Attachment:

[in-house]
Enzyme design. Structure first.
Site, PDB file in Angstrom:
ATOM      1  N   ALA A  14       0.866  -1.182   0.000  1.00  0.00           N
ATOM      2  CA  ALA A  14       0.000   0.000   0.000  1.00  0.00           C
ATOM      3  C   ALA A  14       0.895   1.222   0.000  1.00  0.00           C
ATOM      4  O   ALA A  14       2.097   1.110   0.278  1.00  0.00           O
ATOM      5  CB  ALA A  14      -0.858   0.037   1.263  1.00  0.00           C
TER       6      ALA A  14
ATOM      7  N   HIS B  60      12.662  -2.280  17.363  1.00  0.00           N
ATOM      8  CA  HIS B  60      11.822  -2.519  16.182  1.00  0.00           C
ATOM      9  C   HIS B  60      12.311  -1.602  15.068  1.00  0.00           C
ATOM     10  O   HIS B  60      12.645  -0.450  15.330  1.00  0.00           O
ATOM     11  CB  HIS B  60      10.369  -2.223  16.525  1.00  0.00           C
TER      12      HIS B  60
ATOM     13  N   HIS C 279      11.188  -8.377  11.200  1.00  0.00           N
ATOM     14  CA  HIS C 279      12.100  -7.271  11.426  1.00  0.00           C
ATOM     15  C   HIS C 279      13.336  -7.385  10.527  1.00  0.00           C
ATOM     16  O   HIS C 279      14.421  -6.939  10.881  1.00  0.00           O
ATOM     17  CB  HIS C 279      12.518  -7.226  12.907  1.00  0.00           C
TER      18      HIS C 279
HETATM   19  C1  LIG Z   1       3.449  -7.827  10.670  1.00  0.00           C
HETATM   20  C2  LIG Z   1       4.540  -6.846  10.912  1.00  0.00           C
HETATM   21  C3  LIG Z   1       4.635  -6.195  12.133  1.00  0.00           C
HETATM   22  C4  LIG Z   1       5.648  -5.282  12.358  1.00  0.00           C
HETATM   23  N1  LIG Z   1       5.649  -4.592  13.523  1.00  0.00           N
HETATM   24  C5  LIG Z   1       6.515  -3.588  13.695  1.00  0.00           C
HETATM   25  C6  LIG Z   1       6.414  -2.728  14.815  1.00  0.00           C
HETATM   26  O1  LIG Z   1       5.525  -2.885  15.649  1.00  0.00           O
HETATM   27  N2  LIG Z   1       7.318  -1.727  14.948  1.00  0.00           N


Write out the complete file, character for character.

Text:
[in-house]
Enzyme design. Structure first.
Site, PDB file in Angstrom:
ATOM      1  N   ALA A  14       0.866  -1.182   0.000  1.00  0.00           N
ATOM      2  CA  ALA A  14       0.000   0.000   0.000  1.00  0.00           C
ATOM      3  C   ALA A  14       0.895   1.222   0.000  1.00  0.00           C
ATOM      4  O   ALA A  14       2.097   1.110   0.278  1.00  0.00           O
ATOM      5  CB  ALA A  14      -0.858   0.037   1.263  1.00  0.00           C
TER       6      ALA A  14
ATOM      7  N   HIS B  60      12.662  -2.280  17.363  1.00  0.00           N
ATOM      8  CA  HIS B  60      11.822  -2.519  16.182  1.00  0.00           C
ATOM      9  C   HIS B  60      12.311  -1.602  15.068  1.00  0.00           C
ATOM     10  O   HIS B  60      12.645  -0.450  15.330  1.00  0.00           O
ATOM     11  CB  HIS B  60      10.369  -2.223  16.525  1.00  0.00           C
TER      12      HIS B  60
ATOM     13  N   HIS C 279      11.188  -8.377  11.200  1.00  0.00           N
ATOM     14  CA  HIS C 279      12.100  -7.271  11.426  1.00  0.00           C
ATOM     15  C   HIS C 279      13.336  -7.385  10.527  1.00  0.00           C
ATOM     16  O   HIS C 279      14.421  -6.939  10.881  1.00  0.00           O
ATOM     17  CB  HIS C 279      12.518  -7.226  12.907  1.00  0.00           C
TER      18      HIS C 279
HETATM   19  C1  LIG Z   1       3.449  -7.827  10.670  1.00  0.00           C
HETATM   20  C2  LIG Z   1       4.540  -6.846  10.912  1.00  0.00           C
HETATM   21  C3  LIG Z   1       4.635  -6.195  12.133  1.00  0.00           C
HETATM   22  C4  LIG Z   1       5.648  -5.282  12.358  1.00  0.00           C
HETATM   23  N1  LIG Z   1       5.649  -4.592  13.523  1.00  0.00           N
HETATM   24  C5  LIG Z   1       6.515  -3.588  13.695  1.00  0.00           C
HETATM   25  C6  LIG Z   1       6.414  -2.728  14.815  1.00  0.00           C
HETATM   26  O1  LIG Z   1       5.525  -2.885  15.649  1.00  0.00           O
HETATM   27  N2  LIG Z   1       7.318  -1.727  14.948  1.00  0.00           N